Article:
Engineered vs Solid Hardwood Flooring

In a world that is full of comparisons of different products and features, you will find that it can pay to compare items to get the best deal for your money.

By comparing apples to apples (or even apples to oranges), you can find the product that will best fit your needs and your budget.Comparison shopping sound like a lot of work?

Related article:  Best Hardwood Flooring

Related article: Best Engineered Hardwood Flooring

The good news is that this process doesn’t even have to take you out of your home, if you wish, because most research can be done in the privacy of your home on your computer. Additionally, many flooring companies and installers, like Lumber Liquidators will send a consultant to your home to discuss options further.

Compare Prices: Engineered vs. Solid

Want to see a great comparison of prices from a hardwood (engineered and solid) with the guaranteed lowest prices? Take a look at Lumber Liquidators for a huge range of engineered and solid wood flooring.

Today, we are doing the initial work for you! We’re taking the guess work out of the engineered vs solid hardwood flooring debate. Check out the following comparison to help you make the right choice if you are considering either one of these flooring options for your home or a room in your home.

The Great Debate: Engineered and Solid Hardwood Floor

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Engineered vs solid hardwood flooring can start many a lively debate among friends, home builders or remodelers and homeowners. There are pros and cons to both, but for the most part, nobody can tell the difference in the look once the floor is installed. Let price, availability, environment and lifestyle issues help guide your choice.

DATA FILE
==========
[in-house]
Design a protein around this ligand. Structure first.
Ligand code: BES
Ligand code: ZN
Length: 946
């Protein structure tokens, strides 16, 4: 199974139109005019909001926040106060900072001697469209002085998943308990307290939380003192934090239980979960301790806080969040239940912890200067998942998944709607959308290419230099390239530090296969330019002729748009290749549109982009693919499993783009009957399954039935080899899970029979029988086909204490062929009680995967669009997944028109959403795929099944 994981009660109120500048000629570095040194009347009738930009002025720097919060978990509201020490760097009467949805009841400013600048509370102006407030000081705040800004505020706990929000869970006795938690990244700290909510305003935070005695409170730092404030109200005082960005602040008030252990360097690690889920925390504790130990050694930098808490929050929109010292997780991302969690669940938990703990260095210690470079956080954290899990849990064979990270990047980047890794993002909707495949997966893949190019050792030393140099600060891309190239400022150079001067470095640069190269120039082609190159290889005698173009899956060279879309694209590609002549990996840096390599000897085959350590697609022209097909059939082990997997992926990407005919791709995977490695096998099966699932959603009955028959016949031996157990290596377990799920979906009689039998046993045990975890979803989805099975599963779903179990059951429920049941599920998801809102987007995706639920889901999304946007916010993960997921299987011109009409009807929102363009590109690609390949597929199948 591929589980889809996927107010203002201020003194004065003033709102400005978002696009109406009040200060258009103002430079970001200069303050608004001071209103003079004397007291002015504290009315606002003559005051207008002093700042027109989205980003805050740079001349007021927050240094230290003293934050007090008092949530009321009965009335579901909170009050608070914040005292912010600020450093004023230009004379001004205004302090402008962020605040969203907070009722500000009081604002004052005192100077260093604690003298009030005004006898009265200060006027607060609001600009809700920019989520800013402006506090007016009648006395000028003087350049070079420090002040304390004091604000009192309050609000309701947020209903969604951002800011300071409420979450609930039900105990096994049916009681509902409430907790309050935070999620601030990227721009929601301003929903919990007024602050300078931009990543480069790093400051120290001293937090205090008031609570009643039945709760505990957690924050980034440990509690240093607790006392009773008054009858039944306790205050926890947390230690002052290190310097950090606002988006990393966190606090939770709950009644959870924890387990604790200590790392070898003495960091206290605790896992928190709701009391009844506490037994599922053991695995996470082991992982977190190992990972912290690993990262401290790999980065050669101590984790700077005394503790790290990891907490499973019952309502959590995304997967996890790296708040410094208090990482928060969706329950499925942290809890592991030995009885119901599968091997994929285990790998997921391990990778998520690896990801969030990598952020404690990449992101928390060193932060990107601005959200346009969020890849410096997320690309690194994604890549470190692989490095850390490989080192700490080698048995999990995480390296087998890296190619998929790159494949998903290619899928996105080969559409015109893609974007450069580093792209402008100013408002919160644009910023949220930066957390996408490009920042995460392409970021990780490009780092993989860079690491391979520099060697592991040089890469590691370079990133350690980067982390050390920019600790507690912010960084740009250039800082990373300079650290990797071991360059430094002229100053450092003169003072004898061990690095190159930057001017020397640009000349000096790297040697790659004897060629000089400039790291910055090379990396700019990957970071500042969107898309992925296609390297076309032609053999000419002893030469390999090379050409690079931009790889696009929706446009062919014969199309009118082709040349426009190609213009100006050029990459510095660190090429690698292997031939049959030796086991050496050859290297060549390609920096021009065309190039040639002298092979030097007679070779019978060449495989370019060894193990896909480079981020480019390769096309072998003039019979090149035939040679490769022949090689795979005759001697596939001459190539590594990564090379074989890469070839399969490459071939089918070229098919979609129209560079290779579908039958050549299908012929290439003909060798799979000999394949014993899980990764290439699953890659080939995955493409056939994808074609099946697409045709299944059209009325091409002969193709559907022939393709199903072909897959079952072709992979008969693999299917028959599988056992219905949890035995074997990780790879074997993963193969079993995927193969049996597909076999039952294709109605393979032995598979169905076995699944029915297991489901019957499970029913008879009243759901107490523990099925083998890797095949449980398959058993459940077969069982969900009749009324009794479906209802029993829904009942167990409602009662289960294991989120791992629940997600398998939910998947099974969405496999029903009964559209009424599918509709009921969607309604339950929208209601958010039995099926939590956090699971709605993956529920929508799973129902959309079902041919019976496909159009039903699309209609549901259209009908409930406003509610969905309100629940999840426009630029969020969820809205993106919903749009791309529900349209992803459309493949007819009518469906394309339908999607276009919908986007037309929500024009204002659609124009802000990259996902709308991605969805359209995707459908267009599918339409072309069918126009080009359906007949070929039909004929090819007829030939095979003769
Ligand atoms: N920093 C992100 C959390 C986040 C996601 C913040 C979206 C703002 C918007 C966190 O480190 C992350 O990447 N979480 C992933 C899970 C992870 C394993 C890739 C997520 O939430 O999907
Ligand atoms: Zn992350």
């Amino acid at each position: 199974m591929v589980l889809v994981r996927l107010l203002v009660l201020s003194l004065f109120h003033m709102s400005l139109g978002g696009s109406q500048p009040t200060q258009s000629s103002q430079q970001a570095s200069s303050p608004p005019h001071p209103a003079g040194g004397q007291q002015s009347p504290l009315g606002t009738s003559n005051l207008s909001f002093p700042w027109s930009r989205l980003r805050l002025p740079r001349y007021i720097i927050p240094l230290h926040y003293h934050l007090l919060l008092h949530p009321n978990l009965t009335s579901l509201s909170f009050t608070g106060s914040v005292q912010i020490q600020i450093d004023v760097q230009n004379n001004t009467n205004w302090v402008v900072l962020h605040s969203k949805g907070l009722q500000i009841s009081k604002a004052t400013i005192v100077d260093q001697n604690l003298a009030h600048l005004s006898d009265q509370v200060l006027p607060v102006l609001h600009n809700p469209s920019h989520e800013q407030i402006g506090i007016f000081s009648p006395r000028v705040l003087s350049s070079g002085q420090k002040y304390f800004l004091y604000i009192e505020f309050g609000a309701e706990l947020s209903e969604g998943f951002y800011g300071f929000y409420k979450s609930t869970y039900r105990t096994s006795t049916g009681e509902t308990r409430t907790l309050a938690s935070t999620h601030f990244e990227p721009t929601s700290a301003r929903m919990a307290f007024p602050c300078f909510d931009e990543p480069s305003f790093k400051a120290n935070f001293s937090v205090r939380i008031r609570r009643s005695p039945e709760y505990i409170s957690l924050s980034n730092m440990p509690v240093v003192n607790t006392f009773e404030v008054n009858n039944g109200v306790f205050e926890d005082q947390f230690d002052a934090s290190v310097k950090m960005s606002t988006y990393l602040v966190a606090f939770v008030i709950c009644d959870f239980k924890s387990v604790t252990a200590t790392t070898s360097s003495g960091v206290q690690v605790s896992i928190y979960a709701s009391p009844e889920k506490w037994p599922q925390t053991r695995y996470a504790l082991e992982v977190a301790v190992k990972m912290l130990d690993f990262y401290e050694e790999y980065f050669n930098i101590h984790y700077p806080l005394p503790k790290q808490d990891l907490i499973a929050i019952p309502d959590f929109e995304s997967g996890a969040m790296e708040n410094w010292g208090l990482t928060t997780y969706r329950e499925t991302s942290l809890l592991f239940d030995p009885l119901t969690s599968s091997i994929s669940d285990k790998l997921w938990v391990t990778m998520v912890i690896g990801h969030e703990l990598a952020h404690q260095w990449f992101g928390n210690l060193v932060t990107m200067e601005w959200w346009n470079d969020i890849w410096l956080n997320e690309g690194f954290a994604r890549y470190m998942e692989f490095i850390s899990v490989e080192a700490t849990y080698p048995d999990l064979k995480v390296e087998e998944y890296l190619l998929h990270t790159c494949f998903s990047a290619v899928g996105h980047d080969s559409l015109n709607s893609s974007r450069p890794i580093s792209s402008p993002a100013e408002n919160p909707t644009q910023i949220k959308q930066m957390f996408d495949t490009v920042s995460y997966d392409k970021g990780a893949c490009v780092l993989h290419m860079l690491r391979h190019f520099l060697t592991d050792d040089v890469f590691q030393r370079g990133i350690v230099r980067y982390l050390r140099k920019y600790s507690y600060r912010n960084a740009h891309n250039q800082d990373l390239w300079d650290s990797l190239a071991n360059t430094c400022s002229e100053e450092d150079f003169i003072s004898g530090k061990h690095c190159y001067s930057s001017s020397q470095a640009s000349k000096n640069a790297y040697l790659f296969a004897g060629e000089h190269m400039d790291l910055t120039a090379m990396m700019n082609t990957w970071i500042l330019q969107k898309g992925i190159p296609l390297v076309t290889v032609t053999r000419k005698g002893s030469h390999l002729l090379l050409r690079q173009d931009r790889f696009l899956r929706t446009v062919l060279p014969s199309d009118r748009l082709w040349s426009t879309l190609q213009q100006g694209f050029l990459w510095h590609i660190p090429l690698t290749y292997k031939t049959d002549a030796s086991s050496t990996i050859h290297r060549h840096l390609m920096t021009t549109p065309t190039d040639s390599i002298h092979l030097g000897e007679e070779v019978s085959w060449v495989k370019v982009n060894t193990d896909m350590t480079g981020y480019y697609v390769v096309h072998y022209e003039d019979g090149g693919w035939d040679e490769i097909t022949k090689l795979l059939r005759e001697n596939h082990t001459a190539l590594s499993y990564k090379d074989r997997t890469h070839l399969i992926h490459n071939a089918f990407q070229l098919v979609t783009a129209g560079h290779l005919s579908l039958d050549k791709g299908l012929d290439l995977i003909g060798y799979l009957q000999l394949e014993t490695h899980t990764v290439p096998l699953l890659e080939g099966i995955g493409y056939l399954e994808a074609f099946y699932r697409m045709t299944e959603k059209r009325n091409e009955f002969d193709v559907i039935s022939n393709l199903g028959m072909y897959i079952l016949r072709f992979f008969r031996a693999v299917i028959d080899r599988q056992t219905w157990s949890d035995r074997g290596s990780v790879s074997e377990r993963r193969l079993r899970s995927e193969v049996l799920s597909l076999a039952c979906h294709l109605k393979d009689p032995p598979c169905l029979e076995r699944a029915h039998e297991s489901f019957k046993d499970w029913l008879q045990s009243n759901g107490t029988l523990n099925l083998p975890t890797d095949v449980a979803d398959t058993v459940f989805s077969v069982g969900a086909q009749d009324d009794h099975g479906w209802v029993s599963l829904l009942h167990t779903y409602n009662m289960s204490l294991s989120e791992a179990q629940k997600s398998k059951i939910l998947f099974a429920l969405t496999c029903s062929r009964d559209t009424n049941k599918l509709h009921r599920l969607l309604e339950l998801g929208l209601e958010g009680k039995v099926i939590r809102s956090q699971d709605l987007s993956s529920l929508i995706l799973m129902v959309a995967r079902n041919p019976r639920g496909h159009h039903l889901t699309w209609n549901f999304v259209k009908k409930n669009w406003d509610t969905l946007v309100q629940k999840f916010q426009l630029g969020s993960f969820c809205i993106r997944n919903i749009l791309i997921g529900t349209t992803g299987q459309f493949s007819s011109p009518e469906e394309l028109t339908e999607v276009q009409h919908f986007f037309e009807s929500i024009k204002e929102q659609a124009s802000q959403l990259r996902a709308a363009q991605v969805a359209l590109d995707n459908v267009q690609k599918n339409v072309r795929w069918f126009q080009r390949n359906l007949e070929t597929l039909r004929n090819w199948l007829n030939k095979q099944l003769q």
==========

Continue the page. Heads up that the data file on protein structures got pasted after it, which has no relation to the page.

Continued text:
When considering engineered vs solid hardwood flooring, you first want to take a look at the individual features of each so that you have some basis to compare these two types of flooring. Here are the basics of each of these two types of wood flooring.

Pros of Engineered Hardwood Flooring

1. Versatility and Ease of Installation: Unlike solid hardwood flooring, engineered flooring can be installed in any room that you choose, even a basement, because it can withstand moisture due to the layers of material in the flooring that are designed to withstand buckling and rippling. Engineered flooring can also be installed over radiant floor heating, which can keep your feet warm during those cold winter months.

2. Durability and Maintenance: Caring for engineered hardwood flooring is similar to solid hardwoods, as the top layer, the “wear layer,” that will come into contact with the cleaning materials is essentially the same for both. With any hardwoods (engineered or solid), you will want to avoid abrasive or harsh chemicals like ammonia, and avoid using excessive soaking, as hardwood is susceptible to water damage. Never use a steam cleaner on your hardwood floors-engineered or solid!

3. Price: Engineered hardwood looks just as beautiful as solid hardwood flooring at a much better price that will fit almost anyone’s budget. Engineered hardwood floors also easy to install, saving on the cost of installation if you have the desire to do it yourself.

4. Environmentally Friendly: Engineered hardwood flooring is also more environmentally friendly than solid hardwood floors because the sub-surface layers are made from “junk” or “scrap” wood that would traditionally have been unusable, not the ornamental wood. This approach saves more forests because each tree of the hardwood, the oak, maple, bamboo, etc., can go further than it does with traditional solid wood floors.